New Perfume Review Ramon Monegal Flamenco and Faisa- Never Too Late


In yesterday’s column I reacquainted myself with the Ramon Monegal perfume collection. I found that over ten years ago I probably didn’t give it a fair shake. Trying things again has changed my initial thoughts. Now that I have the brand back in my consciousness it is time to look at some of the more recent releases. In Ramon Monegal Flamenco and Ramon Monegal Faisa I find an evolution of the brand.

Ramon Monegal

Ramon Monegal is based in Barcelona which makes it natural for him to tap into some of his indigenous influences. I became aware of the dance of Spain, flamenco through a friend of my mother’s. She was the choreographer and star of a show featuring the dance at a local Spanish restaurant. Sometimes we would stop to pick her up as she was finishing her session with her dancers. One of the things that made an impression was the aggressive foot stomping which is part of what makes flamenco what it is. It is a series of rapid staccato motions which flow. Which is what the perfume named after it reminded me of.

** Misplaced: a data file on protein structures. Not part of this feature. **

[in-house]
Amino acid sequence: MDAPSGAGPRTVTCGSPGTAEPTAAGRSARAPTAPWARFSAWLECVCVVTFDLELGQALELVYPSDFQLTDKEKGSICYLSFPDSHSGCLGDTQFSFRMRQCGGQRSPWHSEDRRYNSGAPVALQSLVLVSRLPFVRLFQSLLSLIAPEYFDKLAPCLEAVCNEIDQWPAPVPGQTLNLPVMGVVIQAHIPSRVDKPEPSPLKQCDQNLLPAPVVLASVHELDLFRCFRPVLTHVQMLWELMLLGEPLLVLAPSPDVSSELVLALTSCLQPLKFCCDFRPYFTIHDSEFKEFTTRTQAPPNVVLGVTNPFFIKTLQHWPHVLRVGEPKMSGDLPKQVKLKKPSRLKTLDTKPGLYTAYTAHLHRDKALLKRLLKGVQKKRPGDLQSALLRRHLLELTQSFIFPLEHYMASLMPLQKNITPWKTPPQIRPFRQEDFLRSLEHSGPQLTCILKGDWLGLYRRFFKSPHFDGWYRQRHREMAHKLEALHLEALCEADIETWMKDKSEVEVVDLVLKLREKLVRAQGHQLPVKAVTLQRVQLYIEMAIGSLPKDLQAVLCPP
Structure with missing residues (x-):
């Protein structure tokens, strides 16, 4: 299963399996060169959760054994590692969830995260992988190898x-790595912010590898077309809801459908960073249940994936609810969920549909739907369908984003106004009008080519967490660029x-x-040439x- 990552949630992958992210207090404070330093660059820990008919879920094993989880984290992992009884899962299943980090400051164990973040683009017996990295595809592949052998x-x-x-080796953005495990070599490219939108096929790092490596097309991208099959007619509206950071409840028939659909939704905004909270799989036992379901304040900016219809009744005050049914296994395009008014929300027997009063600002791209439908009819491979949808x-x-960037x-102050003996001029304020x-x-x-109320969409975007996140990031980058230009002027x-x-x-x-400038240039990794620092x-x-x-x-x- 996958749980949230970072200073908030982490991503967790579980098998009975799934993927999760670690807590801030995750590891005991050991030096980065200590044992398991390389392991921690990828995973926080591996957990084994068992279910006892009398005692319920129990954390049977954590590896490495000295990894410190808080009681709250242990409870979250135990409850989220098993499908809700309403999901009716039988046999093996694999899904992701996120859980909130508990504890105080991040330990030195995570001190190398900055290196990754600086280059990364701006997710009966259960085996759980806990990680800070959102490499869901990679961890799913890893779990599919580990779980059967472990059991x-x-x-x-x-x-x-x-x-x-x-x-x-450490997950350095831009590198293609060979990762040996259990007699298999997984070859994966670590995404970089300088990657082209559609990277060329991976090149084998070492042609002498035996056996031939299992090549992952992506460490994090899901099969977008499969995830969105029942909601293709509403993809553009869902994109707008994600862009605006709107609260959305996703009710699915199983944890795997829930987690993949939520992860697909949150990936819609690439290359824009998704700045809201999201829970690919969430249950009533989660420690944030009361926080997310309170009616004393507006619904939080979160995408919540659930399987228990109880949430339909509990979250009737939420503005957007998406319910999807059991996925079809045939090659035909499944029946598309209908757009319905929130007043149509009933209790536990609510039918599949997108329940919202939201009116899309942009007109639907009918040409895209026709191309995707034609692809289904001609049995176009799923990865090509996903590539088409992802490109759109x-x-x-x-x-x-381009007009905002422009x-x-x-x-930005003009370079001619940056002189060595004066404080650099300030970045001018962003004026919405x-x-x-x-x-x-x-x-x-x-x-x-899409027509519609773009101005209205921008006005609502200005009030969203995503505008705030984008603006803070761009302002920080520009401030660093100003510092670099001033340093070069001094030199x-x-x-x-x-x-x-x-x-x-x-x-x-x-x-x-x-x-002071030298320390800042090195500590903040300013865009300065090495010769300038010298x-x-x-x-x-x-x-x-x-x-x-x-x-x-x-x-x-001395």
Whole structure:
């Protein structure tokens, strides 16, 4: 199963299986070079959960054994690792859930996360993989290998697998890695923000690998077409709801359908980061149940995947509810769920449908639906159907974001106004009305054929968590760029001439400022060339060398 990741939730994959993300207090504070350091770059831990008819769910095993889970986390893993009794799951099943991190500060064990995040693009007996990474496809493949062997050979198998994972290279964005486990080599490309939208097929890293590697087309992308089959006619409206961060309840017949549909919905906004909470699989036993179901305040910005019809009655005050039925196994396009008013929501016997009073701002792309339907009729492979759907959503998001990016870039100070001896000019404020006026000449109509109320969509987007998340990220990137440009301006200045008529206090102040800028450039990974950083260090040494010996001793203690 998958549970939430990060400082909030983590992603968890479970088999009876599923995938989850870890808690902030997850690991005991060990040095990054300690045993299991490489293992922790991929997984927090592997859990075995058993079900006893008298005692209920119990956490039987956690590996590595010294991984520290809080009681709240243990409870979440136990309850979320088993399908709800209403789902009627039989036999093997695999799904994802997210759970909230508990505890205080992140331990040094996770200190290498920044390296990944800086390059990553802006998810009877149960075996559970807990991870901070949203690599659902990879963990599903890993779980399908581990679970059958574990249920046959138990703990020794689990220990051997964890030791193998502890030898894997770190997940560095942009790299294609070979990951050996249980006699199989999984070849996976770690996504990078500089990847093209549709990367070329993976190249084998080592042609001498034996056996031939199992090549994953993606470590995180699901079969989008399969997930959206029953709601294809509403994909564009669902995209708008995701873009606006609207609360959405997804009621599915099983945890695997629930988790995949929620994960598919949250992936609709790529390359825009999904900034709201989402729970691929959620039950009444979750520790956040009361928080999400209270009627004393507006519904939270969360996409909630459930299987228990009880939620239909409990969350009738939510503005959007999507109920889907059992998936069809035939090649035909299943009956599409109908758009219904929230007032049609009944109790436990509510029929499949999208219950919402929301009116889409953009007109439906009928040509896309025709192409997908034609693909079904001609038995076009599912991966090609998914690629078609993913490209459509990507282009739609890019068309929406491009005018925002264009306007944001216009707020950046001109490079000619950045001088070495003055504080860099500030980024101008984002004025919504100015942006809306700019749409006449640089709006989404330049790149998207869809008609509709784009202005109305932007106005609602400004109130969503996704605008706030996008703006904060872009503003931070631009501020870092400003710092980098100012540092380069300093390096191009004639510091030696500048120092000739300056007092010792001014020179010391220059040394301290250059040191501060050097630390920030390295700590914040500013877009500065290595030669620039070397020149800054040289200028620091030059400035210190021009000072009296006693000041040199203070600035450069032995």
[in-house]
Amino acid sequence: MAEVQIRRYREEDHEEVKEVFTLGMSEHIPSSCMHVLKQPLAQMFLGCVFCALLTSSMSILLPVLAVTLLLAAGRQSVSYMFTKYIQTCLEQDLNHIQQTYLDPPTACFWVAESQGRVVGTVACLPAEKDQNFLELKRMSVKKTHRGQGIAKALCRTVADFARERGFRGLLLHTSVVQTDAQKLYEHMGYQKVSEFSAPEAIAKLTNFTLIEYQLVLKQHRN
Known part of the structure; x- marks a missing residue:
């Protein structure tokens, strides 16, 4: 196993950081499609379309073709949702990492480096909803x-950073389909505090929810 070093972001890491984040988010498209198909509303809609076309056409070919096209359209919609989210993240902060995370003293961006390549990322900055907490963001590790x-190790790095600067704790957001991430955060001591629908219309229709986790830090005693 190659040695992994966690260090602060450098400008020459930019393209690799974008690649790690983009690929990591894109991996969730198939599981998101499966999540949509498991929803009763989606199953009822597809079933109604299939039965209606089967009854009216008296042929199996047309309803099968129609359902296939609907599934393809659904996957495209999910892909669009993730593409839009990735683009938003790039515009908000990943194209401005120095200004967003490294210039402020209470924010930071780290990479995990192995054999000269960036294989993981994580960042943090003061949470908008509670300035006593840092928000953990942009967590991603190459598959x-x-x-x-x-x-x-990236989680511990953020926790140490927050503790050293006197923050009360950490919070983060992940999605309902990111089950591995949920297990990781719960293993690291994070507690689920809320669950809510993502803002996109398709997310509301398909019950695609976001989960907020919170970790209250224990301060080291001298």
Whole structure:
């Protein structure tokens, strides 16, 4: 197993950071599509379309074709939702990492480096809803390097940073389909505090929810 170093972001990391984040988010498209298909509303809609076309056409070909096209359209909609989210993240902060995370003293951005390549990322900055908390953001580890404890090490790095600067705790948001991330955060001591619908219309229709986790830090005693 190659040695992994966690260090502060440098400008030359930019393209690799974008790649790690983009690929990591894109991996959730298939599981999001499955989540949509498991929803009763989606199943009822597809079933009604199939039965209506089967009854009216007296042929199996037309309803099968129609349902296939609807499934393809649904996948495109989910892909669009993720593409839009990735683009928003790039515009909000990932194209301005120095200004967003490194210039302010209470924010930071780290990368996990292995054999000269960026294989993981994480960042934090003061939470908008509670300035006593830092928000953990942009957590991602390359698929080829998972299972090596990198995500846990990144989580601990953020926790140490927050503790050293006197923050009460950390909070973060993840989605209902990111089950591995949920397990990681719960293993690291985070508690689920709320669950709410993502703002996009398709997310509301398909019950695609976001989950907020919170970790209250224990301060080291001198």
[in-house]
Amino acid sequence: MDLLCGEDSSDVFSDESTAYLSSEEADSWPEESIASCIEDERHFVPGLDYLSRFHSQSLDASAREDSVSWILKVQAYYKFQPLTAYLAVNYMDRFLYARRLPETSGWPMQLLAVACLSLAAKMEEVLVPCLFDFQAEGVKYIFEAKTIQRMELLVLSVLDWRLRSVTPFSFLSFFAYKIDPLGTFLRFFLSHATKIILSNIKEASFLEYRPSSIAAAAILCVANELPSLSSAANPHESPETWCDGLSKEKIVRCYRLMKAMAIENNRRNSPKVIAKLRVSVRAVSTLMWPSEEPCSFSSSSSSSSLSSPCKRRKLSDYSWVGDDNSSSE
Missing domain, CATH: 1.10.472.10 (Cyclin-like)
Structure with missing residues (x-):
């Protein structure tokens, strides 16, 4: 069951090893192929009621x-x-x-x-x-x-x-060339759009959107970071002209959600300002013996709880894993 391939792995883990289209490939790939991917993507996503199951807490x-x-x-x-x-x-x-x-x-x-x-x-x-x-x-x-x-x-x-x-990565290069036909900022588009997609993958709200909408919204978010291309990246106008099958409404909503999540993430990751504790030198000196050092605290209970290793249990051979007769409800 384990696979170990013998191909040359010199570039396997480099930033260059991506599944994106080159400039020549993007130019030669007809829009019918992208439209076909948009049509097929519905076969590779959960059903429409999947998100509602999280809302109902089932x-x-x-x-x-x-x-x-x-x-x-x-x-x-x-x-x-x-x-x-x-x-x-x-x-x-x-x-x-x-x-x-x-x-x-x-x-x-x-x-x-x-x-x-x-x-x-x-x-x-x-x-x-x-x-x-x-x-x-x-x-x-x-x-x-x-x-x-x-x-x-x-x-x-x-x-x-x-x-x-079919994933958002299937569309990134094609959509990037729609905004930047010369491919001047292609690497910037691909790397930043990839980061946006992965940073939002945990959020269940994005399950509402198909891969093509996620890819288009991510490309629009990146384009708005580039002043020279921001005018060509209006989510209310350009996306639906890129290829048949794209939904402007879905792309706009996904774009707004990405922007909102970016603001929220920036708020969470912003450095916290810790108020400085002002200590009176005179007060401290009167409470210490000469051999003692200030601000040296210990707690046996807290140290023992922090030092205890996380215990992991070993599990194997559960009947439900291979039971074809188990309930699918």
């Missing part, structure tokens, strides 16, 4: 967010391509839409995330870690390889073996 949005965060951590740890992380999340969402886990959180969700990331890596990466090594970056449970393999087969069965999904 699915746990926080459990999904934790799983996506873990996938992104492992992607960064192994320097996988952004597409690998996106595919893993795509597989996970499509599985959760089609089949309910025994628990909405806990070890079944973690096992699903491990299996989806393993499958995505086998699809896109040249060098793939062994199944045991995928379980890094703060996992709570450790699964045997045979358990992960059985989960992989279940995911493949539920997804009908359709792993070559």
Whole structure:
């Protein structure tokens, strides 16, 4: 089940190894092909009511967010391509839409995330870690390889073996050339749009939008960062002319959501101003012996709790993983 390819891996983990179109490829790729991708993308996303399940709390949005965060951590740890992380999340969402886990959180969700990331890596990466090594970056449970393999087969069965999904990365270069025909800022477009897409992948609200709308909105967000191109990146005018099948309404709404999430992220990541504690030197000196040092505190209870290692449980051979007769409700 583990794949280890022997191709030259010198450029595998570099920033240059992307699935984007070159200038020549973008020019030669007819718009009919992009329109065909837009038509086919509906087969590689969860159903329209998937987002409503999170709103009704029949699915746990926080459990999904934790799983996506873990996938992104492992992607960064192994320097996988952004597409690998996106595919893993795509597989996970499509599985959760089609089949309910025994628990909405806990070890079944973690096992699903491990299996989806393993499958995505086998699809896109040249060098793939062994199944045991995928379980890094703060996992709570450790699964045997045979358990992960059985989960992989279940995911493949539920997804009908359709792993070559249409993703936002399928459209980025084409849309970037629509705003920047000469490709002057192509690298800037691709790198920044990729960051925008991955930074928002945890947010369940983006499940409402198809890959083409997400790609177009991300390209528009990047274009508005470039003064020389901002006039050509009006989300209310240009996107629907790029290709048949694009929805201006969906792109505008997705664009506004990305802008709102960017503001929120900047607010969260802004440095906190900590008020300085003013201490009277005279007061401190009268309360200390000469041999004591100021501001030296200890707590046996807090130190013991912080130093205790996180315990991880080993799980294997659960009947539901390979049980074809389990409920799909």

It begins with a blast of tart apple over slightly leathery saffron. This is the sound of the castanets before the dance is begun. Once released a deeply opulent rose and orange blossom provide the romance. A base of amber, musk, and sandalwood provide the stamp of the foot. The entire development moves through staccato phases which flow just like the dance.

When I tried Cuirelle way back when I found it to be an oddly composed gourmand. Sr. Monegal intentionally designs a gourmand in Faisa.

As in Flamenco it opens on a top accord with saffron. This time he spices it up with anise and cinnamon. Both amplify the leathery quality of saffron. Then Sr. Monegal adds just the right amount of oud to create an even deeper leather accord. This comes off as a subtle sleight of hand. There is an intermezzo of jasmine and rose lilting through the leather. This all gives way to an ooey gooey caramel accord. It coats the leather in sweetness. Throughout the latter stages it as if the leather is trying to extricate itself from the sticky matrix. That give and take is what makes Faisa so enjoyable.

Looking at these two perfumes I see a brand and a perfumer who have taken giant leaps since I first tried them. I may have stopped thinking about them a long time ago. I’ve learned not to repeat that error.

Disclosure: This review is based on samples supplied by Ramon Monegal.

Mark Behnke